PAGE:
Lessons from Amazon about the Power of Reviews

In a world where we’re tempted to buy the best products (and then upgrade to the newest versions a few months later), I instead choose to curate the things that bring me the most joy.


Call it being a minimalist (or just a father who’s great at saying no to his kids) but it’s a way of life that has allowed me to focus on experiences, rather than products. What it also means is that I take a long time to make a purchase. And during that buying process, I think really carefully about every item that makes it back into my house (no hoarding for us).


Minimalists like myself aren’t the only ones that think critically before we make a purchase.


Today, consumers read thousands of reviews before taking out their wallet. In fact, more than two out of every three people say they trust consumer reviews that are posted online (the only thing they trust more is reviews from family and friends). It makes me wonder: why are reviews so popular in certain industries and why are some industries taking so long to adapt to the power of reviews?


Rate your financial advisor?

While you technically can rate and read online reviews of financial advisors, chances are you’re much more likely to have read an Amazon review than a review of your advisor or bank.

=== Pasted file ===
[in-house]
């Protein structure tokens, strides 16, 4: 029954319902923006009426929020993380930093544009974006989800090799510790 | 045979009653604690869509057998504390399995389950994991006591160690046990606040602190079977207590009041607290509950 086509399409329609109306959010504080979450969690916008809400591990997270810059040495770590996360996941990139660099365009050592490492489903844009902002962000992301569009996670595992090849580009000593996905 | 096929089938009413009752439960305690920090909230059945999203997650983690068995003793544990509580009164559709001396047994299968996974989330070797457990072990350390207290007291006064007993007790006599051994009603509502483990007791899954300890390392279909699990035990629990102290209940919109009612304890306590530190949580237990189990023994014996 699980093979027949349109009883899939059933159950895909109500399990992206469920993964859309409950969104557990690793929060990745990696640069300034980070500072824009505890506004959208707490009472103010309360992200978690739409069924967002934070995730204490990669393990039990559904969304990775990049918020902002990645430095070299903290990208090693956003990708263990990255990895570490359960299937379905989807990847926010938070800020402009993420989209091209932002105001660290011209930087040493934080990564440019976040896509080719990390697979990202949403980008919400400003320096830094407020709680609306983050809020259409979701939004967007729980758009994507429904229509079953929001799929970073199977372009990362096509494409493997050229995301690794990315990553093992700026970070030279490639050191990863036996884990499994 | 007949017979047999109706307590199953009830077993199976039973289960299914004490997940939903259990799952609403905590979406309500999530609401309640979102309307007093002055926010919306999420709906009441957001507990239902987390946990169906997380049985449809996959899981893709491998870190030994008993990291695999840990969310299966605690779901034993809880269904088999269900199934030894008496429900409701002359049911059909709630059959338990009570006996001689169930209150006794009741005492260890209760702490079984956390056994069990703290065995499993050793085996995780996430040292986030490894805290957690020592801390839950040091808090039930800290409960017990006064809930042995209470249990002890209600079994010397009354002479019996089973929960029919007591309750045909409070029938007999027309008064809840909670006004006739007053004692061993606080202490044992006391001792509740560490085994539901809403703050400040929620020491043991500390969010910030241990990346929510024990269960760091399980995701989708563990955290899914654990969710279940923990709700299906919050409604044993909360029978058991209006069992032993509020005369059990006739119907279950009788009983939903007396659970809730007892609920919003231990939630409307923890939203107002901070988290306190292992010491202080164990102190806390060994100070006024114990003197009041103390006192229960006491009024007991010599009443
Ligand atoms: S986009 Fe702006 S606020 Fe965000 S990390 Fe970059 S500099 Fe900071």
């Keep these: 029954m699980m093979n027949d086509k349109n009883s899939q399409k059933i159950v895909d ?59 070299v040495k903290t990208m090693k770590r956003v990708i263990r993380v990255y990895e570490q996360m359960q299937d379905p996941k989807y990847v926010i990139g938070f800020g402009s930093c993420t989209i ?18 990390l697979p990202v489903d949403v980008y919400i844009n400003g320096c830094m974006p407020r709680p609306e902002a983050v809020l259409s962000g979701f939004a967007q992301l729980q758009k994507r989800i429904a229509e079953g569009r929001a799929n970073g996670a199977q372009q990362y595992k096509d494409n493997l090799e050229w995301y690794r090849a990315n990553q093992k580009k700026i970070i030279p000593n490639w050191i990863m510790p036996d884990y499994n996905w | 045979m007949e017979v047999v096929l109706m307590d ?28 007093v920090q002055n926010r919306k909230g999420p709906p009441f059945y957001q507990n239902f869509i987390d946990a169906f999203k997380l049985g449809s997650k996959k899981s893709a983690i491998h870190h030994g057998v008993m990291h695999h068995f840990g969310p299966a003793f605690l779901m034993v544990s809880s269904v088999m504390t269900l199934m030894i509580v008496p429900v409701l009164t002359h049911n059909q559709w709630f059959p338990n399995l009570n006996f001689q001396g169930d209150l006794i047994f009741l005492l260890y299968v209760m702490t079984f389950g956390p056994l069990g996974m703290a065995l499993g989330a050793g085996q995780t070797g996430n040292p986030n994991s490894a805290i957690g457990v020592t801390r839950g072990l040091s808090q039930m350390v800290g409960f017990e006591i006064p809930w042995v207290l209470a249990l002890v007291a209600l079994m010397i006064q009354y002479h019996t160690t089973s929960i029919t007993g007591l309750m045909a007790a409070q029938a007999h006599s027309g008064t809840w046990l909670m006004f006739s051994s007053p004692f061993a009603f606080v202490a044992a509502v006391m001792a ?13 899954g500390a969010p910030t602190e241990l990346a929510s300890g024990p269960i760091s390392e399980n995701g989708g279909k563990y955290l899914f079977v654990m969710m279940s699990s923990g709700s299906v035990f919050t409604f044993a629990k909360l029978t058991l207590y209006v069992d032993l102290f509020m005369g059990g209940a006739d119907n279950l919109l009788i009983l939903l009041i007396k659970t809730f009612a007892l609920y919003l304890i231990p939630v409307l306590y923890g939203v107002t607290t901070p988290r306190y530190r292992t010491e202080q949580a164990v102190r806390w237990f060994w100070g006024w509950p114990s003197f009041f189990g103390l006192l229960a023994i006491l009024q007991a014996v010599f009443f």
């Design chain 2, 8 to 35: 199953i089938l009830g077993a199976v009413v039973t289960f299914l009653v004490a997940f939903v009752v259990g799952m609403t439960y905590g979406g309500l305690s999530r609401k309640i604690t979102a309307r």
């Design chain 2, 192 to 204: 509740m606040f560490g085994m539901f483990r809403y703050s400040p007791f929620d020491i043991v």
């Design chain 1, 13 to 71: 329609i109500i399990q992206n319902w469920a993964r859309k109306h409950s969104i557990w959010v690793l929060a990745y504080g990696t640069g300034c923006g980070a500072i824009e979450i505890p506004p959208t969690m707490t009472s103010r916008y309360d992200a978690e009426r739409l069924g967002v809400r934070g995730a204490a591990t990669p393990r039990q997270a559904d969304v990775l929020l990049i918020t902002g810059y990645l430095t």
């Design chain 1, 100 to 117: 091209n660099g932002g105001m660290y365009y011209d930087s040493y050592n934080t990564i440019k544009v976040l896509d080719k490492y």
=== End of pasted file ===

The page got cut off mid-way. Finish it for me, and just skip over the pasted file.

In this interesting chart from Harvard Business Review, you can see a comparison of the “digitalization” of industries today (although it doesn’t specify which industries specifically utilize review marketing). Another report, from McKinsey Global Institute (MGI), shows that digitalized sectors in the U.S. have a considerable lead over the rest of the U.S. economy.


As these reports and others show, there are industries that are slow to digitalization, and especially to review marketing, and the question is why?


How reviews became embedded into our lives

It comes down to customer sentiment.


Think of hospitality or travel which is heavily reliant on customer reviews (such as TripAdvisor). You travel with an expectation, an inherent positive bias, that you will have a certain type of experience (hopefully a positive one) and then rate it when you get back.


When it comes to your dental cleaning, you don’t care to leave reviews for your dentist – it’s not something you’re excited about, not something that you have a positive sentiment for.


What we can learn from Amazon

Products aren’t always cheaper on Amazon – that’s not why consumers buy from them. They buy from them because of the experience Amazon creates (and yes, that has to do with things like Amazon Prime) but it largely stems from the review culture they’ve built. They’ve built a community of people to tell you exactly what you might like, before you buy it. And that’s powerful. It’s free content. It’s free awareness. It’s free advertising.


If you’re in an industry that has yet to reap the rewards of consumer reviews and customer feedback, I urge you to take the leap and be the first in your industry to transform it, the way Amazon has transformed the retail industry.


The power of doing that? Building a community of people who will share your product, tell others why they love it (or what they would change – which you can use to fix it), and build your brand for you. That’s the power of online reviews. It’s an untapped stream for creative entrepreneurs like you.